12. Jain, A. K., Murty, M. N., & Flynn, P. J. (1999). Data clustering: a review. ACM Computing Surveys (CSUR), 31(3), 264–323. CrossRefGoogle Scholar
  13. Jung, S. Y., & Kim, T. S. (2001). An agglomerative hierarchical clustering using partial maximum array and incremental similarity computation method. In First IEEE international conference on data mining (p. 265). Google Scholar
  14. Karypis, G., Han, E. H., & Kumar, V. (1999). Chameleon: Hierarchical clustering using dynamic modeling. IEEE Computer, 32(8), 68–75 (Special Issue on Data Analysis and Mining). Google Scholar
  15. Karypis, G., & Kumar, V. (1998). hMETIS 1.5: A hypergraph partitioning package. Technical report, Department of Computer Science, University of Minnesota. http://www.cs.umn.edu/~metis.
  16. Lewis, J., & Chase, J. (2004). Data structures. Java edition. Englewood Cliffs: Prentice-Hall. Google Scholar
  17. Li, C., Becerra, V. M., & Deng, J. (2004). Extension of fuzzy c-means algorithm. In Proceedings of the IEEE conference on cybernetics and intelligent systems, Singapore, 1–3 December 2004. Google Scholar
  18. Lin, C. R., & Chen, M. S. (2005). Combining partitional and hierarchical algorithms for robust and efficient data clustering with cohesion self-merging. IEEE Transactions on Knowledge and Date Engineering, 17(2). Google Scholar
  19. Ng, R., & Han, J. (1994). Efficient and effective clustering method for spatial data mining. In Proceedings of international conference of very large data bases (VLDB’94), Santiago, Chile, September 1994 (pp. 144–155). Google Scholar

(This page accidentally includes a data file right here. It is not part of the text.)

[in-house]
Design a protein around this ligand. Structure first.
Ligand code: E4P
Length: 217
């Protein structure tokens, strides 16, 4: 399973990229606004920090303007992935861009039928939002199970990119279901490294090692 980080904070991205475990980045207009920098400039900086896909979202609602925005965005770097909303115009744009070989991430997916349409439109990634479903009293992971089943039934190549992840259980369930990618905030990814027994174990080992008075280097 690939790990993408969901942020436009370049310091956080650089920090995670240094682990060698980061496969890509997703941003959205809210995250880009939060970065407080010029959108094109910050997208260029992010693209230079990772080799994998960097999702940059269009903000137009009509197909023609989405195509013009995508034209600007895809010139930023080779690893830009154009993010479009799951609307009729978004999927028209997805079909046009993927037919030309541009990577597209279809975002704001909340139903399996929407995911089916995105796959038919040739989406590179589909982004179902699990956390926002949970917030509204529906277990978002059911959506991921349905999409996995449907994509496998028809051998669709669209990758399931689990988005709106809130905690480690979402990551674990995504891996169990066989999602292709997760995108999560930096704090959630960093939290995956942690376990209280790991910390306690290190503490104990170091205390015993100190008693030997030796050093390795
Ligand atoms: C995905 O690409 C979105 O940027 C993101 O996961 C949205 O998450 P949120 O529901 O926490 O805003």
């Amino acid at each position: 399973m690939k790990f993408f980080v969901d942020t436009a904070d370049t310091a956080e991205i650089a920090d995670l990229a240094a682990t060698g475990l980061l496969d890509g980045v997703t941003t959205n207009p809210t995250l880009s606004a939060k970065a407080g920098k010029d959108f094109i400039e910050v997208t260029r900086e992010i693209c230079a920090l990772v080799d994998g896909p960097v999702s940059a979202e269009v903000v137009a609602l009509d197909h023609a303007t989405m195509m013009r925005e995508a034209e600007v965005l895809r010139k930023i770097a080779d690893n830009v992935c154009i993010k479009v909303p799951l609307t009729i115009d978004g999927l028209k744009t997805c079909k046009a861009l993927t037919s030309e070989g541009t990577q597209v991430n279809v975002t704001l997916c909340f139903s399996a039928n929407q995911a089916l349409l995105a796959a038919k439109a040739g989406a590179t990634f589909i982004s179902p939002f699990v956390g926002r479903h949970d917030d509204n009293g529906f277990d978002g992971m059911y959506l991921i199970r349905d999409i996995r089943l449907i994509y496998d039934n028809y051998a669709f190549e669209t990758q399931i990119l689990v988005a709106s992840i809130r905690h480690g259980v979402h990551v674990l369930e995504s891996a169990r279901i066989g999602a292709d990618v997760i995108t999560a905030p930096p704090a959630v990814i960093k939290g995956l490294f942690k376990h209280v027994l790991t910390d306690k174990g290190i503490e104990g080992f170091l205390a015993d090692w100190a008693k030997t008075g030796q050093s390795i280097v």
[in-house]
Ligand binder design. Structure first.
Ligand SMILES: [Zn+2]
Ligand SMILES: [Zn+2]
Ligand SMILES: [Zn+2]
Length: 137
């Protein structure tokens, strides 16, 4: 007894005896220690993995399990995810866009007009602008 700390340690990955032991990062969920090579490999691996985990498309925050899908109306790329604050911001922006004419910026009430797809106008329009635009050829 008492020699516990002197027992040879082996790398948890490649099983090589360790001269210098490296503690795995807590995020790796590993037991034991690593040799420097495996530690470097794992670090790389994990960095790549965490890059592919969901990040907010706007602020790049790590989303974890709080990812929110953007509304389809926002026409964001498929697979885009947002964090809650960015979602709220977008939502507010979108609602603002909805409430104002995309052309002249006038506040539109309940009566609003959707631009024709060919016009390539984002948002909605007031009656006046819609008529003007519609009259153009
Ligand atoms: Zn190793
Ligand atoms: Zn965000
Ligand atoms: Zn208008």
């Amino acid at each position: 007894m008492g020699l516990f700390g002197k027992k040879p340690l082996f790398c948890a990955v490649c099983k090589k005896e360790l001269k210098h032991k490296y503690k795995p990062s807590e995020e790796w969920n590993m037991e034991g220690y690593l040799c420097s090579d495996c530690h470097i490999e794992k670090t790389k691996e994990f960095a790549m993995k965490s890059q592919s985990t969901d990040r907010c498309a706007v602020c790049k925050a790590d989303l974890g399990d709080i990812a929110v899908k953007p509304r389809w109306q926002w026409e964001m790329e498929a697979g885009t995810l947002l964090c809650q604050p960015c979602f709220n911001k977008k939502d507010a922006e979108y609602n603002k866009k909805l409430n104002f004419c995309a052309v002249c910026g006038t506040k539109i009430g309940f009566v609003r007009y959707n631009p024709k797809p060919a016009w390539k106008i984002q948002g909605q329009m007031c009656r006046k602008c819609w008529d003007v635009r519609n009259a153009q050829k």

20. Olson, D. L., & Zhao, F. (2007). CIOs’ perspectives of critical success factors in ERP upgrade projects. Enterprise Information Systems, 1(1), 129–138. CrossRefGoogle Scholar
  21. Palomino, M. A., & Whitley, E. A. (2007). The effects of national culture on ERP implementation: a study of Colombia and Switzerland. Enterprise Information Systems, 3(1), 301–325. Google Scholar
  22. Qian, Y. T., Shi, Q. S., & Wang, Q. (2002). CURE-NS: A hierarchical clustering algorithm with new shrinking scheme. In Proceedings of the first international conference on machine learning and cybernetics, Beijing, 4–5 November 2002. Google Scholar
  23. Sheikholeslami, G., Chatterjee, S., & Zhang, A. (1998). WaveCluster: A multi-resolution clustering approach for very large spatial databases. In Proceedings of the IEEE conference on very large data bases (VLDB’98), New York, August 1998 (pp. 428–439). Google Scholar
  24. Wan, L. H., Li, Y. J., Liu, W. Y., & Zha, D. Y. (2005). Application and study of spatial cluster and customer partitioning. In Proceedings of the fourth international conference on machine learning and cybernetics, Guangzhou, 18–21 August 2005. Google Scholar
  25. Wang, W., Yang, J., & Muntz, R. (1997). STING: A statistical information grid approach to spatial data mining. In Proceedings of 1997 international conference on very large data bases (VLDB’97), Athens, Greece, August 1997 (pp. 186–195). Google Scholar
  26. Wang, Z., He, P. L., Guo, L. S., & Zheng, X. S. (2004). Clustering analysis of customer relationship in securities trade. In Proceedings of the third international conference on machine learning and cybernetics, Shanghai, August 2004 (pp. 26–29). Google Scholar
  27. Warfield, J. N. (2007). Systems science serves enterprise integration: a tutorial. Enterprise Information Systems, 2(1), 235–254. CrossRefGoogle Scholar
  28. Weiss, M. A. (2004). Data structures and algorithm analysis in Java. Englewood Cliffs: Prentice-Hall. Google Scholar
  29. Zhang, T., Ramakrishnan, R., & Linvy, M. (1996). Birch: an efficient data clustering method for large databases. In Proc. of 1996 ACM–SIGMOD international conference on management of data, Montreal, Quebec (pp. 103–114). Google Scholar

Copyright information

© Springer Science+Business Media, LLC 2008

Authors and Affiliations

  1. 1.The School of ManagementXi’an Jiaotong UniversityXi’anChina
  2. 2.Department of Information Technology and Decision ScienceOld Dominion UniversityNorfolkUSA
  3. 3.College of Economics and ManagementBeijing Jiaotong UniversityBeijingChina

Personalised recommendations